"Cute 'N' Country" was what they called Connie Smith, and the description certainly fit. Her super-stardom in the 1960s was a storybook tale: a housewife from Ohio, she performed only as an amateur until she was discovered by Nashville songwriter Bill Anderson, and was quickly signed to RCA in 1964. From then on, her life was a string of #1 hit records, until she gradually dropped out of the Music City limelight, choosing to concentrate on her family and her religion. This is the second page of Slipcue's Connie Smith profile, looking at her various "best-of" collections... For the first page, which reviews all her original albums, click here.
Connie Smith "Born To Sing" (Bear Family, 2001)
WOW. A yummy, 4-CD box set of her early work on RCA, with a generously informative booklet to boot... if you want to get all of Smith's early material in one nice, shiny new package, then this might be just the thing for you. It's jaw-droppingly great, though like many Bear Family boxes, also a bit overwhelming. I would call this the ultimate Connie Smith box set, except now that Sony and BMG have merged, they can actually combine all the material from her RCA, Columbia and Monument releases... (Gee, just imagine!) Well, anyway, her work on RCA is her best, so this collection should just about cover it... and then some!
Connie Smith "Just For What I Am" (Box Set) (Bear Family, 2012)
Pure heaven. This 5-CD box set picks up where the Born To Sing box left off, gathering all of Smith's work for the RCA label from 1968-72, a trove of some of the best countrypolitan music ever recorded. I'm a big fan of Smith's work, and the prospect of hearing it (finally!) on CD, along with a dozen previously unreleased tracks as well as Bear Family's trademark fine sound quality and a bunch of archival photos and whatnot... Well, I'm psyched. Of course, first I have to win the lottery, so I can afford it, but it's going to sound pretty sweet when I do. Highly, highly recommended.
Connie Smith "The Essential Connie Smith" (RCA-Nashville, 1996)
I was (and am) thrilled that RCA put this out as part of their Essentials series... But even as I was queueing up the Connie Smith reissues cheeringleading squad, I had to shake my head in disbelief that they put out such a tepid retrospective. Yeah, it's got a few of the good ones on it, but not enough. If you've never heard Connie Smith before, and you're curious -- yes, this is pretty much the place to start. If it'd been up to me, though, this disc would not be so lopsided towards the goopy Nashville Sound songs, and would have included way more of the fun, upbeat material which made her so unique, way back when.
Connie Smith & Nat Stuckey "God Will" (Music Row Talent, 2001)
A highly welcome CD reissue of her classic gospel duets recorded with Nat Stuckey in the late 1960s. This disc combines all the material from the much sought-after Sunday Morning album, and some tracks off of the earlier Young Love LP. Country gospel fans in particular will be ecstatic that Stuckey's family was able to convince RCA to let them reissue this album, so that fans no longer have to contend with extravagant collector prices to hear this fine Nashville-politan gospel material! (Also see my Country Gospel section.)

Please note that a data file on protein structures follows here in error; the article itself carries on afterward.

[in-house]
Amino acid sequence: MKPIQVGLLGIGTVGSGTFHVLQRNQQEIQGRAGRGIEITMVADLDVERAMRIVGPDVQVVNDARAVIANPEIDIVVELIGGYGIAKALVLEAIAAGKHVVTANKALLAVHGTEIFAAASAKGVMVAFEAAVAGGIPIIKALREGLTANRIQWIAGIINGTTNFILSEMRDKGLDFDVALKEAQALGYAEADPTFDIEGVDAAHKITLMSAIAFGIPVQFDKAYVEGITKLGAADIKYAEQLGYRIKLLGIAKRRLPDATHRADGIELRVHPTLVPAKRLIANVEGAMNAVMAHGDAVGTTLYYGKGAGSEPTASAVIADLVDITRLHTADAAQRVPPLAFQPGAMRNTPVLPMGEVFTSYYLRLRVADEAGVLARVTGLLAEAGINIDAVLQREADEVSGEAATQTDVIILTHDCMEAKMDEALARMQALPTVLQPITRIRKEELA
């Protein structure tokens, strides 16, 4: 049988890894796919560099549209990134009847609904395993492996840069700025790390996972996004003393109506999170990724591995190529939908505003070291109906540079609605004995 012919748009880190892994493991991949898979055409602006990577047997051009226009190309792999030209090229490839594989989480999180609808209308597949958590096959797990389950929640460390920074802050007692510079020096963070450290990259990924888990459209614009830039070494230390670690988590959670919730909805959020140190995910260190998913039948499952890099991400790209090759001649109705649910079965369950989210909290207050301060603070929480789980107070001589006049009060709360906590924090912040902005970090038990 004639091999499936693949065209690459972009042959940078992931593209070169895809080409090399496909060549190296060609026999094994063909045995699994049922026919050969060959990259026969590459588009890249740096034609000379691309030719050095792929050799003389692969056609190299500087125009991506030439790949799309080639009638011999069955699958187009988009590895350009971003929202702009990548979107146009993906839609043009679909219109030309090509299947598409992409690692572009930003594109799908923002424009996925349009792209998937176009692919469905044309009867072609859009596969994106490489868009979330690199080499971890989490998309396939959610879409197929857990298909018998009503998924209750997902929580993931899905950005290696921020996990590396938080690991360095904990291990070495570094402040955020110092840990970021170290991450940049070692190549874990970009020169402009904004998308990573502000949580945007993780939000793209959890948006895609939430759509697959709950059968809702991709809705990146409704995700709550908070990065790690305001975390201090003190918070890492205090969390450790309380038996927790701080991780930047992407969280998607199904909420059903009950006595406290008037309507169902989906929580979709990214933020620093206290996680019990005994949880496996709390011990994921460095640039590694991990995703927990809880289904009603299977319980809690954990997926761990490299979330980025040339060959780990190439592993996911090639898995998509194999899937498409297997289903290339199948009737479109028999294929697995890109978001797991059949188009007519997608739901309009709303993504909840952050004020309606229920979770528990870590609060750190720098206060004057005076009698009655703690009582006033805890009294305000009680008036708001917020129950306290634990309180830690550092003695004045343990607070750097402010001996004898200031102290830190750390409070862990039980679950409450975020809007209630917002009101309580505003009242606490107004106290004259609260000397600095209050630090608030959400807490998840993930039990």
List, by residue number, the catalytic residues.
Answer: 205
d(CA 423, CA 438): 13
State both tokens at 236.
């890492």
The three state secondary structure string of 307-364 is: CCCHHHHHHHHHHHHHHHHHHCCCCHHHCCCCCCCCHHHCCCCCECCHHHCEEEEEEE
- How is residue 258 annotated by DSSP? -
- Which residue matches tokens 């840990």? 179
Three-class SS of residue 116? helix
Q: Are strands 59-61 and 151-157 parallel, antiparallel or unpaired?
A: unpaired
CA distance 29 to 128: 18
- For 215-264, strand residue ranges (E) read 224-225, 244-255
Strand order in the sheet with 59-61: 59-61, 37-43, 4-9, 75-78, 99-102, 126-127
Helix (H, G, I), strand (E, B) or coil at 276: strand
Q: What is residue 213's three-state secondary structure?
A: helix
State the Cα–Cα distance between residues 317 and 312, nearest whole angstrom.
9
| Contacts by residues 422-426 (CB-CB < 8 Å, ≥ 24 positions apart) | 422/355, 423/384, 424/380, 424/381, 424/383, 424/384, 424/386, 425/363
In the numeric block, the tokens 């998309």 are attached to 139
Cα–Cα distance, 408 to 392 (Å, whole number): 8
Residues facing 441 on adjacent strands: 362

Connie Smith "Greatest Hits On Monument" (Sony, 1993)
Yeesh. There was certainly better material buried on her various late-'70s Monument LPs (particularly on the Pure LP...) However, this disco-tinged best-of was enough to scare me off for a while. Definitely not her best material, and also not well-chosen from this particular era... You're much better off searching out the old, original albums.
Connie Smith "Super Hits" (BMG, 1997)
A ten-song budget line best-of with some of her best early stuff on RCA.
Connie Smith "The Best Of Connie Smith" (RCA, 1967) (LPM-3848)
God, this is so good!!! Features a slew of her earliest, greatest hits, with perky, girl-groupy numbers like "Once A Day" "Tiny Blue Transistor Radio", "Then And Only Then," and a throaty, bluesy version of "Ain't Had No Lovin'"... RCA would do well to just reissue this album outright, if they can't find the time to put together a proper retrospective. Still fairly easy to find, and highly, highly recommended.
Connie Smith "The Best Of Connie Smith, Vol. 2" (RCA, 1970) (LSP-4324)
More of the same...and who can complain?
Connie Smith "Greatest Hits. Vol. 1" (RCA) (0275)
Connie Smith "I Overlooked An Orchid" (Pickwick/Camden ACL 7026)
Connie Smith "My Heart Has A Mind Of Its Own" (RCA/Camden) (CAS-2495)
Connie Smith "City Lights - Country Favorites" (RCA-Camden, 1972) (CAS-2550)
Connie Smith "The Best Of Connie Smith" (Columbia, 1977) (C-34877)
A strong collection, drawn from her mid-'70s material on Columbia. Although there was plenty of drek they could have chosen, this is actually a pretty vigorous set, and an interesting snapshot of late-period countrypolitan. I'm told that one track, "I'm In the Middle of a Losing Streak", was not released elsewhere, and it certainly has some of the most amusing production... a dash of Happy Days style '50s rocknroll injected into the Nashville sound system. Also includes a couple of Everly Brothers tunes, such as her version of "So Sad", a song she later did as a duet with John Prine on his excellent 1999 album, In Spite Of Ourselves. (See above.) Sony could do a lot worse than to reissue this record, with maybe a few extra tracks. Hint, hint.
Connie Smith "Famous Country Music Makers" (RCA, 1977) (PL-42000 )
Connie Smith "Twenty Of The Best" (RCA, 1985) (NL-89523)
Hick Music Index